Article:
Scientists argue that most of the embryos at issue are destined to be destroyed, anyway. They are the byproduct of medical fertility efforts - leftovers destined to never be implanted in a womb.
The issue is thus not exactly analogous to abortion. But the issues, say opponents, are similar.
"The federal government cannot morally look the other way with respect to the destruction of human embryos," said a July 2 statement issued by House majority leader Dick Armey of Texas and other House Republicans.
Current law bans use of tax dollars on any research that destroys embryos. Under the Clinton administration, however, the law was interpreted to allow research on stem cells that were obtained, to begin with, using private funds.
It is this policy which Bush will decide whether to accept or reject. Asked at a recent public opinion when he would do so, he said simply, "in a while."
During the campaign, Bush vowed he would oppose embryonic stem-cell research. But since then he has been buffetted by strong opinions on both sides of the question.
The Republican Party is not monolithic on the matter. Sen. Strom Thurmond of South Carolina, as well as Sen. Hatch, have publicly urged Bush to reconsider his campaign promise.
Nor are the president's advisers thought to be of one mind. Chief political strategist Karl Rove has long pressed for curbs on stem-cell research as popular with an important slice of the electorate: Roman Catholics.
But Secretary of Health and Human Services Tommy Thompson, who is Catholic, is reportedly a strong advocate of allowing at least some use of US money for stem-cell work.
And sliding polls have made many of the president's advisers sensitive to decisions that can be used to further portray Bush as a captive of the religious right.
One compromise approach might be to allow federal funds to be used to work with stem cells "grown" from already-existing ones. Use of tax money to harvest new such stem-cell "lines" would be banned.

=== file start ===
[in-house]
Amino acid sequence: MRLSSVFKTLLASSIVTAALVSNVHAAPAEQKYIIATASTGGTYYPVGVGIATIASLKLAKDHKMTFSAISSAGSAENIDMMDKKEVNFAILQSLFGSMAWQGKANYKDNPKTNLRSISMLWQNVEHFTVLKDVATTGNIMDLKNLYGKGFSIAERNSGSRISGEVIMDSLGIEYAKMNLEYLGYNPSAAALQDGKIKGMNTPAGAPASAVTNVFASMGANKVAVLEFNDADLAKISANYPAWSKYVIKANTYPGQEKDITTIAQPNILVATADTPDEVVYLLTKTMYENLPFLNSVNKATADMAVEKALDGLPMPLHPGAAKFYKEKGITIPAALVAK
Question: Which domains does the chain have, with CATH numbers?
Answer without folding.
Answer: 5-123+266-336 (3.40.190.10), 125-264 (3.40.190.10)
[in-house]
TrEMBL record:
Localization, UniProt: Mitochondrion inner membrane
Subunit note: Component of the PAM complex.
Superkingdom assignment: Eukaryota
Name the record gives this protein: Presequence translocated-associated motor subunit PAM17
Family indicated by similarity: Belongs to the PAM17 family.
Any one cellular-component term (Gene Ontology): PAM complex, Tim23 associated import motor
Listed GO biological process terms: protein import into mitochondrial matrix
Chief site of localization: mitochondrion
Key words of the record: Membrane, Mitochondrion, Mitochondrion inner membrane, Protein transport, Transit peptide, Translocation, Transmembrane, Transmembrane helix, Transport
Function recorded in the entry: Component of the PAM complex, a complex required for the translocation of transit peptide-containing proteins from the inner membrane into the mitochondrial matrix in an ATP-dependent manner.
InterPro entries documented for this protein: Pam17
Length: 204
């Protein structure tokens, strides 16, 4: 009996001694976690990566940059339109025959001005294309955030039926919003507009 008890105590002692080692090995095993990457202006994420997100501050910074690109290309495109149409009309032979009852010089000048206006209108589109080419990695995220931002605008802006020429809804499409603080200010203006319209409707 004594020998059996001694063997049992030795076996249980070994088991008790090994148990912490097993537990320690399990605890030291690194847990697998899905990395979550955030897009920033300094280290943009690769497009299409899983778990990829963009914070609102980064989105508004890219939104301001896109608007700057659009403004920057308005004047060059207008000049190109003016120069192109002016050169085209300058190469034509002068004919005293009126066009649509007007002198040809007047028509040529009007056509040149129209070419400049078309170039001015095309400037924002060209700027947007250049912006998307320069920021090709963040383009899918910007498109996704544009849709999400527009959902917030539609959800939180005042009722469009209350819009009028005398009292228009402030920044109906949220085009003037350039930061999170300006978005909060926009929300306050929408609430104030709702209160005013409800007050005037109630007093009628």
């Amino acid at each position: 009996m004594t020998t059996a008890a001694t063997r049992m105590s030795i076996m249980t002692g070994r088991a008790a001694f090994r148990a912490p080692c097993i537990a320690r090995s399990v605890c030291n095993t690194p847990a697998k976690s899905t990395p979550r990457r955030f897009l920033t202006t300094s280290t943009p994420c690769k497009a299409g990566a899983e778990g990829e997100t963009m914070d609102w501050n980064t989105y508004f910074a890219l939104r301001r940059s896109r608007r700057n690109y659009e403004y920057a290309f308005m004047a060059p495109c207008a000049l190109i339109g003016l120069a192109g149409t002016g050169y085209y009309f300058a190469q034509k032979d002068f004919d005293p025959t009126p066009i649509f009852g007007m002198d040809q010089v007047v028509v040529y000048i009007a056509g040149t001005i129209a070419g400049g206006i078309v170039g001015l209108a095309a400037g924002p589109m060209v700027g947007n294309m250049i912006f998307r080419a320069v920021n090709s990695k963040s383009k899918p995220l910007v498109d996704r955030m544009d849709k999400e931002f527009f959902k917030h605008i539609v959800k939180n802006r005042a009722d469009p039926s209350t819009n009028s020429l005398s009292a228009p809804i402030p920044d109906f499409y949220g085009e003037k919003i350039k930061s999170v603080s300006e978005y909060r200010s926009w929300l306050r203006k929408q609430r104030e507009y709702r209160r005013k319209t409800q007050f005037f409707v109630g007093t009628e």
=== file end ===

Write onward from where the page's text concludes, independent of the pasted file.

Another approach might be to ban federally funded embryonic stem-cell research, while increasing funds for study on stem cells harvested from adults.
But the problem, from a political point of view, is that this is an issue that does not lend itself to compromise. Proponents of both sides tend to believe not just that they are correct, but that they are right, in a moral sense.
Medical researchers have reacted strongly to hints that the administration might allow federal funds to be used only on previously obtained stem cells, for instance. Many say such a decision would inhibit their research and delay the day when it can produce important cures.
Such limits "would effectively end the ability of [federally funded] scientists to contribute to meaningful stem-cell research," said Gerald Fischbach, executive vice president for health sciences at Columbia University, in a statement distributed in Washington by a pro-research lobby.
Congress may end up the ultimate arbiter. The Senate is already considering legislation to allow federal funds to be used for stem-cell work - and Sen. Hatch, among others, says the bill is popular enough to win a veto-proof 60 votes.
(c) Copyright 2001. The Christian Science Monitor